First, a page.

In defense of those other coaches, Philip’s throwing motion was very unusual. When Norm Chow [former NC State offensive coordinator and QB coach] and I were first watching Philip throw, we had to laugh to keep from crying. It was the most unorthodox throwing motion we had ever seen.
We showed some tape to Mike Holmgren, who was the head coach of the Seattle Seahawks at the time. He watched and, despite acknowledging the throwing motion as being very strange, said to Norm not to change a thing.
The rest is history.
And it really didn’t take long for that history to start. On the first day of practice, Philip was our third-stringer. On the second day of practice, he was our second-stringer. On the third day of practice, he was our first-stringer, and the other two QBs left the school.
When did you learn that Philip is Catholic?
It was a holy day of obligation — probably the Assumption in August of 2000 — and Philip asked if he could go to Mass with me. He had heard about or seen me going to Mass, so we went together for the Assumption. It was kind of ironic, since I had made the assumption that he was not Catholic — although the word Assumption is meant in a different way for the holy day.
Anyhow, it was great to be able to attend Mass, then, after that with my QB. Football can bring people together, but the Church can do that in a more profound way.
I told my wife, Peggy, before we were married in 1974 that my last name meant “beloved” in Italian and that my mother’s maiden name, which was Amore, meant “love” in Italian. Considering that, I told Peggy that if she were to marry me, her life would be filled with love.
Some people might say I was full of something else, but at least my example didn’t prevent Peggy from becoming Catholic. She converted about seven years after we were married — when I was coaching at the University of Arizona.
Since most student-athletes already have a full schedule, were you worried that Philip getting married in college would distract from football?
Philip, who was only about 19 at the time, came to my office and asked if it would be okay for him to get married. I was fine with that, but before I let on, I asked what he would do if I said “No.” There was a dramatic pause, and I could see the sweat developing on his forehead.
Finally, Philip broke the tension and said something that really surprised me but which shows how much class he has. He indicated that if I said “No,” then he would not get married. He had committed to the team, and if I didn’t think marrying would allow him to give his best to football, then he would wait to get married.
Well, I let him off the hook. I told him it would be fine with me if he got married. As everyone knows now, that was a very productive decision — not only from a football standpoint, but from a family one. Philip threw for many yards, and, along the way, he has had, what, nine children?
Really, if you make it a combined average of yardage and children, I’m sure Philip is the most productive QB in the history of football — at least when you’re talking about one woman involved.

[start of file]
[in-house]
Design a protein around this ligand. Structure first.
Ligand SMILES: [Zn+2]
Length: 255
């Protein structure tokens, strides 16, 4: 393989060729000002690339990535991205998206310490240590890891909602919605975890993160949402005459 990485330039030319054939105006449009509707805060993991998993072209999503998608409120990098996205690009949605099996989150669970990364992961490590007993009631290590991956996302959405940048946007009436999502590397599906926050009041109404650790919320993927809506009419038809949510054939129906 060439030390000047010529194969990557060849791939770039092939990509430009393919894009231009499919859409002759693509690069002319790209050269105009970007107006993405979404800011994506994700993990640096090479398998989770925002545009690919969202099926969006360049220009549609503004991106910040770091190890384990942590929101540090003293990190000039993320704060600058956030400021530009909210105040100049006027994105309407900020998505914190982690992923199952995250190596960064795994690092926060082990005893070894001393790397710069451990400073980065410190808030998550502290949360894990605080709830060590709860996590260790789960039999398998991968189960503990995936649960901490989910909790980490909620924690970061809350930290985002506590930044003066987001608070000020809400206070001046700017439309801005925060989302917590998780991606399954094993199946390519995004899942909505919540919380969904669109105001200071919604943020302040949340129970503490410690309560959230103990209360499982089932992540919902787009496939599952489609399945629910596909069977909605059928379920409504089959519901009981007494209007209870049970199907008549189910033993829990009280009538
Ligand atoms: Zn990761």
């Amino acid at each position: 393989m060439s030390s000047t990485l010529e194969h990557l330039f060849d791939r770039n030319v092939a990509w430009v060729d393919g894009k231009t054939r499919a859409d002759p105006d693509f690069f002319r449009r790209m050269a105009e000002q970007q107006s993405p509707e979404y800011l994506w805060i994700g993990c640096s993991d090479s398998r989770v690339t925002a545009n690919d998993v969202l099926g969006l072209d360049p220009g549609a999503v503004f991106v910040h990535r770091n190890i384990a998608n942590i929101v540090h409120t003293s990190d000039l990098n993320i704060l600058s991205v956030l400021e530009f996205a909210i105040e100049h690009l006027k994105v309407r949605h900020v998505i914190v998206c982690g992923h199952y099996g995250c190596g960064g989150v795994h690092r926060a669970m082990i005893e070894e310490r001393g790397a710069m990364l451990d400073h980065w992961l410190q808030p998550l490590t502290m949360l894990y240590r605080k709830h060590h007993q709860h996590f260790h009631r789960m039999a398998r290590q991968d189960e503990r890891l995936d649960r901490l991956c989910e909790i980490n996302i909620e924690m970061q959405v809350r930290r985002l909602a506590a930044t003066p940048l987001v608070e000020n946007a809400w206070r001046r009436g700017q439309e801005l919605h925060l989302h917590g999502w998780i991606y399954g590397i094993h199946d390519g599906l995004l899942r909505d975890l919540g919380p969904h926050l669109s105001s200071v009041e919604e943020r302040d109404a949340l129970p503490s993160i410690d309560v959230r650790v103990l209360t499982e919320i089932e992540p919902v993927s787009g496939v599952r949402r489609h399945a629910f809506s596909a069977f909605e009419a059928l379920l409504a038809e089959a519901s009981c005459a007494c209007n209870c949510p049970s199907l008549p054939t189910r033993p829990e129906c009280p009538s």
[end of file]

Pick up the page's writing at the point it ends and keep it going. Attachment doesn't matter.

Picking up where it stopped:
Kellen Clemens has said that even when Philip increases the volume of his voice, he does not venture into vulgarity, a problem in sports.
Philip has been known to yell a time or two, but he doesn’t actually say anything bad. I can attest to the same thing Kellen did: In my four years with Philip, I never once heard a bad word issue forth from his mouth.
The same can be said of Gerry Faust. When I was coaching at [the University of] Akron from 2012 to 2017, we would meet every Thursday for Italian food. He was delightful to talk with — not just about football, but life in general.
I once asked Gerry what he did as he drove to various speaking engagements around Ohio. Rather than listen to the radio, he told me he would pray the Rosary in the car.
That can be done, even without a full set of rosary beads in hand. The prayers can be counted mentally, and a recording can even lead the way. That’s what I’ve recently been able to do with the help of Vin Scully. He leads the Rosary on a CD album from Catholic Athletes for Christ.
Anyhow, similar to Philip, I never heard Gerry say anything bad. If only I had that same discipline when I was coaching.
You had trouble with foul language?
I’ll answer that with a long-winded account of language in my family. …
My grandfather was not a tall man, but he was a strong man. He was only about 5 feet six inches, but he was physically powerful because of his work on the farm. His fingers were so thick that if he were to wear a ring, it would probably be size 23.
Anyhow, he was from Sicily, so he would try to teach me some Italian. I was slow on the uptake as a little kid, so didn’t pick up much of the language. My grandfather said, “You dummy, you can’t learn Italian.” I responded with the simple indignation of a 5-year-old by blurting out: “You dummy.”
Well, before I knew it, the back of my grandfather’s hand was on my face, and then the back of my head was on the floor. That’s harsh to us now, but it was characteristic of that generation (which took very seriously how the Fourth Commandment applied even to grandparents), and it was enough for me to keep my mouth disciplined in the house from then on.